College of Doctoral Studies RES-845: Module 4 Problem Set Problem 1: You have information on one sample and want to compare it to the population to see if it is significantly different from the population mean. In each of the following situations, would it be appropriate to use the t-test OR the z-test? You know the population mean and variance You do not know the population mean and variance Problem 2: Unlike the z-test that uses information about the population’s variance or SD, the formula for the t-statistic uses an estimate of the population’s variance or standard deviation, which is called the ______________________________ which is computed from the ____________________. Problem 3: a. A researcher wants to compare typing speed (the DV) in two conditions of light (IV: low, high level of light). In order to use a t-test for independent samples, the design had to have participants that were __________________________________________________. b. To perform a t-test where we are comparing two independent samples (groups), we need three pieces of information. These are: ________________________________________________________ ________________________________________________________ ________________________________________________________ Problem 4: The degrees of freedom (df) for each sample that is being compared using the t-test is computed as __________. Problem 5: When we did the z-test, we computed the z-value and then looked at where it would fall in the distribution of all possible z-scores. Similarly, when we do a t-test, we compute the t-value and then look at where that t-value would fall in the distribution of _______________________________________. The critical values of t can be found in Table ___ in the appendix of the textbook. Problem 6: a. A nondirectional hypothesis predicts there will be a significant difference between the two means that can be ___________________________________ . A directional hypothesis predicts there will be a significant difference between the two means and adds _____________________________. A nondirectional hypothesis uses a ___-tailed test, while a directional hypothesis uses a ___-tailed test to evaluate if the difference between the means is significant. When I set alpha at 5%, and have a nondirectional hypothesis, the 5% of outcomes that occur less frequently than my critical t-value Fall in one tail of the distribution OR are divided between the two tails (2 ½% in one tail and 2 ½ % in the other tail)? Problem 7: Go to Table B.2 in the appendix of your textbook, and decide whether the following t-value that has been computed is significant (that is, its value is equal to or greater than the t-value beyond which only 5% or less of the proportion of all possible t-values would occur), given the df, the type of hypothesis (directional/nondirectional), the alpha level, the required (critical) t-value, and the actual t-value that was computed to compare the means of Group A with Group B. Hypothesis: There will be a significant difference between the means of Group A and Group B; df = 25; computed t-value = 2.35. Is this a directional or nondirectional hypothesis?____________ Given the type of hypothesis, the proportion of extreme values that I am interested in will be found in one tail or in two tails combined? Given that the df = 25 and alpha is .05, what would be the value of t that my computed value would have to equal or exceed? Is my computed value significant at this alpha level? Answers to a: Hypothesis: There will be a significant difference between the means of Group A and Group B; specifically, the mean of Group B will be significantly greater than the mean of Group A; df = 25; computed t-value = 2.35. Is this a directional or nondirectional hypothesis?____________ Given the type of hypothesis, the proportion of extreme values that I am interested in will be found in one tail or in two tails combined? Given that the df = 25 and alpha is .05, what would be the value of t that my computed value would have to equal or exceed? Is my computed value significant at this alpha level? Problem 8: Research has shown that people are more likely to show dishonest and self-interested behaviors in darkness than in a well-lit environment (Zhong, Bohns, & Gino, 2010). In one experiment, participants were given a set of 20 puzzles and were paid $0.50 for each one solved in a 5-minute period. However, the participants reported their own performance and there was no obvious method for checking their honesty. Thus, the task provided a clear opportunity to cheat and receive undeserved money. One group of participants was tested in a room with dimmed lighting and a second group was tested in a well-lit room. The reported number of solved puzzles was recorded for each individual. The following data represent results similar to those obtained in the study. Group A Well-Lit Room Group B Dimly Lit Room (Is there a treatment effect of lighting?) 11 10 13 10 11 15 12 14 10 Is there a significant difference in reported performance between the two conditions? Use two-tailed test with alpha set at p < .01. Compute Cohen’s d to estimate the size of the treatment effect. After you have computed Cohen’s d, how would you interpret it?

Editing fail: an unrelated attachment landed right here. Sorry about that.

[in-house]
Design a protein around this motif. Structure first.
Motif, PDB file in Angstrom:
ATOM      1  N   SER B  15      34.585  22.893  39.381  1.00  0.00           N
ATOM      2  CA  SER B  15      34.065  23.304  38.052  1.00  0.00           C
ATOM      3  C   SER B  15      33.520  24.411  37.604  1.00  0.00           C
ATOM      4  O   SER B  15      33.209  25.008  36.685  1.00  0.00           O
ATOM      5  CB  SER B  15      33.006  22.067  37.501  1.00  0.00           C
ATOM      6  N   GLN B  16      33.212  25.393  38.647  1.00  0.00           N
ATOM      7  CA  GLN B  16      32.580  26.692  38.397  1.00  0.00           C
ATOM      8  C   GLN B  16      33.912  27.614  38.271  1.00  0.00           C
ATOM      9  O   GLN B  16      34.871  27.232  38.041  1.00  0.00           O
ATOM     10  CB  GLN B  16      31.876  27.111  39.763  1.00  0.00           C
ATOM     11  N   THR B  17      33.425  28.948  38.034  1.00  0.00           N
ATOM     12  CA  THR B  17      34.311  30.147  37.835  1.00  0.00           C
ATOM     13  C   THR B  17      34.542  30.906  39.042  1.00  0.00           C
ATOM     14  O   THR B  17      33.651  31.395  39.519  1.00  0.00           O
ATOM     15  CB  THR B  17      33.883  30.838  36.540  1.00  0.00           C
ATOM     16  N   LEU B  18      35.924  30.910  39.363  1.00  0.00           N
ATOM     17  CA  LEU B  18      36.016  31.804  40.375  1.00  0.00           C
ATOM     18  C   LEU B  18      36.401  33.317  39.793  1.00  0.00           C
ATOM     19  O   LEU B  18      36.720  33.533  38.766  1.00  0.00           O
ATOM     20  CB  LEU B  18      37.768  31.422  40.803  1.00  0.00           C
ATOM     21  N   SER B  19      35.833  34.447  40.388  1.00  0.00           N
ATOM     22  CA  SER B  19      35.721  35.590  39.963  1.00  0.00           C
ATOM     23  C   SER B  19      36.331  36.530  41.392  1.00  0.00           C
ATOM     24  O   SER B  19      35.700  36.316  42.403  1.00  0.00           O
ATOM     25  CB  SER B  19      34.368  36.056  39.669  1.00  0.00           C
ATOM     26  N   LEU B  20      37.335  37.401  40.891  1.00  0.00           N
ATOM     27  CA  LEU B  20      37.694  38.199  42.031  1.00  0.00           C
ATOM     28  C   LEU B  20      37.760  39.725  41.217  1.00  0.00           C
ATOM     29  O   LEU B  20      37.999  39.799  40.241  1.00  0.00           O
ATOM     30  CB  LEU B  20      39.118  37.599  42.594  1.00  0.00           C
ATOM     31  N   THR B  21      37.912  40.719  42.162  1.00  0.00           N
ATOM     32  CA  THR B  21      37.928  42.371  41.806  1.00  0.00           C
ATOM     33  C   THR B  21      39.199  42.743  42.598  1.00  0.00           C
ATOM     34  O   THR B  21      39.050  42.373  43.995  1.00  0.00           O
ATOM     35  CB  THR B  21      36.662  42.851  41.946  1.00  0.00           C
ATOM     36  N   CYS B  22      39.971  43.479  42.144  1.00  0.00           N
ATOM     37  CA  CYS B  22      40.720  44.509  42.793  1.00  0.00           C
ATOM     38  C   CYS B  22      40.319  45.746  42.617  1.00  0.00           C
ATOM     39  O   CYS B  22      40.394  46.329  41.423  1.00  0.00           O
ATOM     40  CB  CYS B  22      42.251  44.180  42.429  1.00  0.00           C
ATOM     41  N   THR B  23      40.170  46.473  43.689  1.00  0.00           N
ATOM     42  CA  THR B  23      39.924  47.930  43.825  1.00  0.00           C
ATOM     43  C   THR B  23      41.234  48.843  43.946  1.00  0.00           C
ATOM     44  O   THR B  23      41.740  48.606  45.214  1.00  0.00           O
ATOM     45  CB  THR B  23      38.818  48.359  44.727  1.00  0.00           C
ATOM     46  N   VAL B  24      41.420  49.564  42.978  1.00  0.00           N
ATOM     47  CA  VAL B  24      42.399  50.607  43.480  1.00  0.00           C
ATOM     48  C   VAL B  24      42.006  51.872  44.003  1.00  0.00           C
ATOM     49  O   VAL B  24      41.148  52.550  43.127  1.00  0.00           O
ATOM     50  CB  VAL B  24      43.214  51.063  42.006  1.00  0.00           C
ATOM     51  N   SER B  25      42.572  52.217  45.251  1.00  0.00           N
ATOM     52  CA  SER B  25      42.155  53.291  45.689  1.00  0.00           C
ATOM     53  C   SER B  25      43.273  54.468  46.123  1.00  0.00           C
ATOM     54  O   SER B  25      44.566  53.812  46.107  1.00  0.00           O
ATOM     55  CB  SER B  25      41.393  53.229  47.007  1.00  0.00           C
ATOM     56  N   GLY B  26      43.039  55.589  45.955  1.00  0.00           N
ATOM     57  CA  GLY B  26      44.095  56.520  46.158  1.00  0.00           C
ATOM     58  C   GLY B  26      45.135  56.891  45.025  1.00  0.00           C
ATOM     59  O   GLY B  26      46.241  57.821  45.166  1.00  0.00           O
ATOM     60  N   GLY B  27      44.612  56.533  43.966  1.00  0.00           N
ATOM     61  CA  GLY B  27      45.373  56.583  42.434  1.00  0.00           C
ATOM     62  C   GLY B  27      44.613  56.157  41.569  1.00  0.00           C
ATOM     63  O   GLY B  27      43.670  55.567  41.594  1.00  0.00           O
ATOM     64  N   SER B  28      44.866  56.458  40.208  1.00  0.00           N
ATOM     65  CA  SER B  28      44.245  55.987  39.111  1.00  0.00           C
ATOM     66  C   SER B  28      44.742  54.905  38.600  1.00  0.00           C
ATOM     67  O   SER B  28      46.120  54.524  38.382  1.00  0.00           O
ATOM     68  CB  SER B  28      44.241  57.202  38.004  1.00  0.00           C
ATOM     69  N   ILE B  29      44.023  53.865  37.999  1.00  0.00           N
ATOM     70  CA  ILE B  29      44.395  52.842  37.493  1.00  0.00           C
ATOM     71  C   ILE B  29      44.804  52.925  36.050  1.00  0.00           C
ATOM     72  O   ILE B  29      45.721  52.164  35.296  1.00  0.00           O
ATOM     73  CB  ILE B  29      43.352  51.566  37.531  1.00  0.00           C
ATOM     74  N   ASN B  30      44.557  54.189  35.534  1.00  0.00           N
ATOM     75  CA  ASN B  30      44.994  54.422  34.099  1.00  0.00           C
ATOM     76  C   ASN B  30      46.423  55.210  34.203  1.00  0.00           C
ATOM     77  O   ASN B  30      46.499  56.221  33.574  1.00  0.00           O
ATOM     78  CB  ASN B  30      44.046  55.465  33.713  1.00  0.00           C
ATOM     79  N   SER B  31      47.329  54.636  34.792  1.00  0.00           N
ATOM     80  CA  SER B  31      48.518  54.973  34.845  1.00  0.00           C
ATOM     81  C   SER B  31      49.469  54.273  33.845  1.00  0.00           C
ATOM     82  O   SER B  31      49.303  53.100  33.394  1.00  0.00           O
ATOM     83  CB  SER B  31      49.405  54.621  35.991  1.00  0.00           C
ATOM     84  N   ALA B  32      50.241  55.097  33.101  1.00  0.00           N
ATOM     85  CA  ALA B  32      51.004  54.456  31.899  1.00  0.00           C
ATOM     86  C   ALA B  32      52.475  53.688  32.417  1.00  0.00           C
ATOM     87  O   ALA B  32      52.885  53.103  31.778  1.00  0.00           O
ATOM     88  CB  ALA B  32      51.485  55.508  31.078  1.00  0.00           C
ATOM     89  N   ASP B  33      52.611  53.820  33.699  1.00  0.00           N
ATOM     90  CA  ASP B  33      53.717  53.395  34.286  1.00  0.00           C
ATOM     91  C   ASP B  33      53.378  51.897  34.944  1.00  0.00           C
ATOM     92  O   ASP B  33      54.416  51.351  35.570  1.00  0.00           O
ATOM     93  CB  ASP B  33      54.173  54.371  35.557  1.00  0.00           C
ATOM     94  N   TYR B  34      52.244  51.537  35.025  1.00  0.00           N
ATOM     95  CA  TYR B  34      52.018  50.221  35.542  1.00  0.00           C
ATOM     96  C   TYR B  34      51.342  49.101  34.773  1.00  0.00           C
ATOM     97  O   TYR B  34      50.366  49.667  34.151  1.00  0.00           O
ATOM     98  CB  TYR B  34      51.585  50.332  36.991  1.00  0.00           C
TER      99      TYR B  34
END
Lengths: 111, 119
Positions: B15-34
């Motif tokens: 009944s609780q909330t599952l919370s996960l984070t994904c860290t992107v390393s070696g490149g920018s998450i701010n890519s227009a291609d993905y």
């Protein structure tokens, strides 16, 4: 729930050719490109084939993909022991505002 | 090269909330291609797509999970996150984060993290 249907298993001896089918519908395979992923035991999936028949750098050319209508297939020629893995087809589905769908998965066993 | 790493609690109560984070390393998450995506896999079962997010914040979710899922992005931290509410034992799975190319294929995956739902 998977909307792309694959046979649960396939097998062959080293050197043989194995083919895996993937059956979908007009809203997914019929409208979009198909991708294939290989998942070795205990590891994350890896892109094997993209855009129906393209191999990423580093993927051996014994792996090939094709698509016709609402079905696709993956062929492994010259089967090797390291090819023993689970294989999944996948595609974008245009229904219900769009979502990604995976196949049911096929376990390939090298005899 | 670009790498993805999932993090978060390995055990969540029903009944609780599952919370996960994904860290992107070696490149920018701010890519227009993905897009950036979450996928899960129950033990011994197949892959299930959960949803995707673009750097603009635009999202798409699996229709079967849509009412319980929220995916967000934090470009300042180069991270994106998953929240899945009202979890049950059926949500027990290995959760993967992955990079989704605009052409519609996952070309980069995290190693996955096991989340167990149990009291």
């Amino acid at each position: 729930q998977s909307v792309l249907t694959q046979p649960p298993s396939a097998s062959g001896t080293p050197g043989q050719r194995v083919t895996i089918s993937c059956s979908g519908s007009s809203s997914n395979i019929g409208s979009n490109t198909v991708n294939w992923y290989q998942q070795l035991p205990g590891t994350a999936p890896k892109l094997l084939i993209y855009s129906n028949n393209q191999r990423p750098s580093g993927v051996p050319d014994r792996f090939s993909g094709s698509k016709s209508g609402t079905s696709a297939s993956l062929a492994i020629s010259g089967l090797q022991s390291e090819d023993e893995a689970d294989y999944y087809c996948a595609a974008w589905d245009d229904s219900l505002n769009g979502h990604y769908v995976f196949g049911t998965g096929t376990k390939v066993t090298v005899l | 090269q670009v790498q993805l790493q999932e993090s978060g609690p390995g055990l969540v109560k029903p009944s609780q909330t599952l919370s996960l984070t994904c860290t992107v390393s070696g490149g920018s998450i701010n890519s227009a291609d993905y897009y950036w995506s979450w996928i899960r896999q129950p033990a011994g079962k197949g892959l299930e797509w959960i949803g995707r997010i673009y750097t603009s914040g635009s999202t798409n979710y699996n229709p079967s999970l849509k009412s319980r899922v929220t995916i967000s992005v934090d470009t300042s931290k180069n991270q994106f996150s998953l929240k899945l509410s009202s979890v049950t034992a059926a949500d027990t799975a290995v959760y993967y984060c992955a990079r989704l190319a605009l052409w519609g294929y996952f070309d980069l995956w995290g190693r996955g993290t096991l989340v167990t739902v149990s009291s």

Complete the problems in “Module 4 Problem Set.”Check the solutions by comparing the answers to “Module 4 Problem Set Solutions.”Submit a research statement indicating data from the completed assignme